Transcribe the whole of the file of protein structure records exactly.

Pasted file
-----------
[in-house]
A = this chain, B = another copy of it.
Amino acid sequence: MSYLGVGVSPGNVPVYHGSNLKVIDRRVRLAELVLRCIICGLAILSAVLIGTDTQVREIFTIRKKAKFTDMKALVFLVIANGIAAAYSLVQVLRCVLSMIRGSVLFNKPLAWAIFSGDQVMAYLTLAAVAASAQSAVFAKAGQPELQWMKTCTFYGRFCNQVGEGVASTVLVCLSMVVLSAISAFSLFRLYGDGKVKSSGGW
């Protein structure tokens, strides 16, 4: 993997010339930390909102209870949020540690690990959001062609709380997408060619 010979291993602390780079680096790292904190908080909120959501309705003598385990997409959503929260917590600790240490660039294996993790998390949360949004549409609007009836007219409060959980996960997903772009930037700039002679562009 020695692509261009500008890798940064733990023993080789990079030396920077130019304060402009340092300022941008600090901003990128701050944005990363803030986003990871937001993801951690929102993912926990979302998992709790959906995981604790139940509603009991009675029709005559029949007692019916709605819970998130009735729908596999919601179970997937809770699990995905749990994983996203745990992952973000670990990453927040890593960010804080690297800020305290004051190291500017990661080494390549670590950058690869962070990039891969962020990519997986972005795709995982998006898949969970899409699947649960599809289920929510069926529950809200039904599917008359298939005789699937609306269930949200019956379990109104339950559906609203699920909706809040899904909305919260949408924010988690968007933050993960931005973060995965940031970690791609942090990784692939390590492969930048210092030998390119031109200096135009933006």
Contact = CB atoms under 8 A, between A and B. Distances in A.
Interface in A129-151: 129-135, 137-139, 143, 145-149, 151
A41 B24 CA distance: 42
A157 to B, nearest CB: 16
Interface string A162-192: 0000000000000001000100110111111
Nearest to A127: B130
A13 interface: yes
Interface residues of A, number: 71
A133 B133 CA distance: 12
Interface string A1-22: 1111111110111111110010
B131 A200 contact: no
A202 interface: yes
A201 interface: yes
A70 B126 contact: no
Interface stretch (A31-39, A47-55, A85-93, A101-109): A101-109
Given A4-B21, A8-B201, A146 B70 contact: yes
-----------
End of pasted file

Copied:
[in-house]
A = this chain, B = another copy of it.
Amino acid sequence: MSYLGVGVSPGNVPVYHGSNLKVIDRRVRLAELVLRCIICGLAILSAVLIGTDTQVREIFTIRKKAKFTDMKALVFLVIANGIAAAYSLVQVLRCVLSMIRGSVLFNKPLAWAIFSGDQVMAYLTLAAVAASAQSAVFAKAGQPELQWMKTCTFYGRFCNQVGEGVASTVLVCLSMVVLSAISAFSLFRLYGDGKVKSSGGW
């Protein structure tokens, strides 16, 4: 993997010339930390909102209870949020540690690990959001062609709380997408060619 010979291993602390780079680096790292904190908080909120959501309705003598385990997409959503929260917590600790240490660039294996993790998390949360949004549409609007009836007219409060959980996960997903772009930037700039002679562009 020695692509261009500008890798940064733990023993080789990079030396920077130019304060402009340092300022941008600090901003990128701050944005990363803030986003990871937001993801951690929102993912926990979302998992709790959906995981604790139940509603009991009675029709005559029949007692019916709605819970998130009735729908596999919601179970997937809770699990995905749990994983996203745990992952973000670990990453927040890593960010804080690297800020305290004051190291500017990661080494390549670590950058690869962070990039891969962020990519997986972005795709995982998006898949969970899409699947649960599809289920929510069926529950809200039904599917008359298939005789699937609306269930949200019956379990109104339950559906609203699920909706809040899904909305919260949408924010988690968007933050993960931005973060995965940031970690791609942090990784692939390590492969930048210092030998390119031109200096135009933006």
Contact = CB atoms under 8 A, between A and B. Distances in A.
Interface in A129-151: 129-135, 137-139, 143, 145-149, 151
A41 B24 CA distance: 42
A157 to B, nearest CB: 16
Interface string A162-192: 0000000000000001000100110111111
Nearest to A127: B130
A13 interface: yes
Interface residues of A, number: 71
A133 B133 CA distance: 12
Interface string A1-22: 1111111110111111110010
B131 A200 contact: no
A202 interface: yes
A201 interface: yes
A70 B126 contact: no
Interface stretch (A31-39, A47-55, A85-93, A101-109): A101-109
Given A4-B21, A8-B201, A146 B70 contact: yes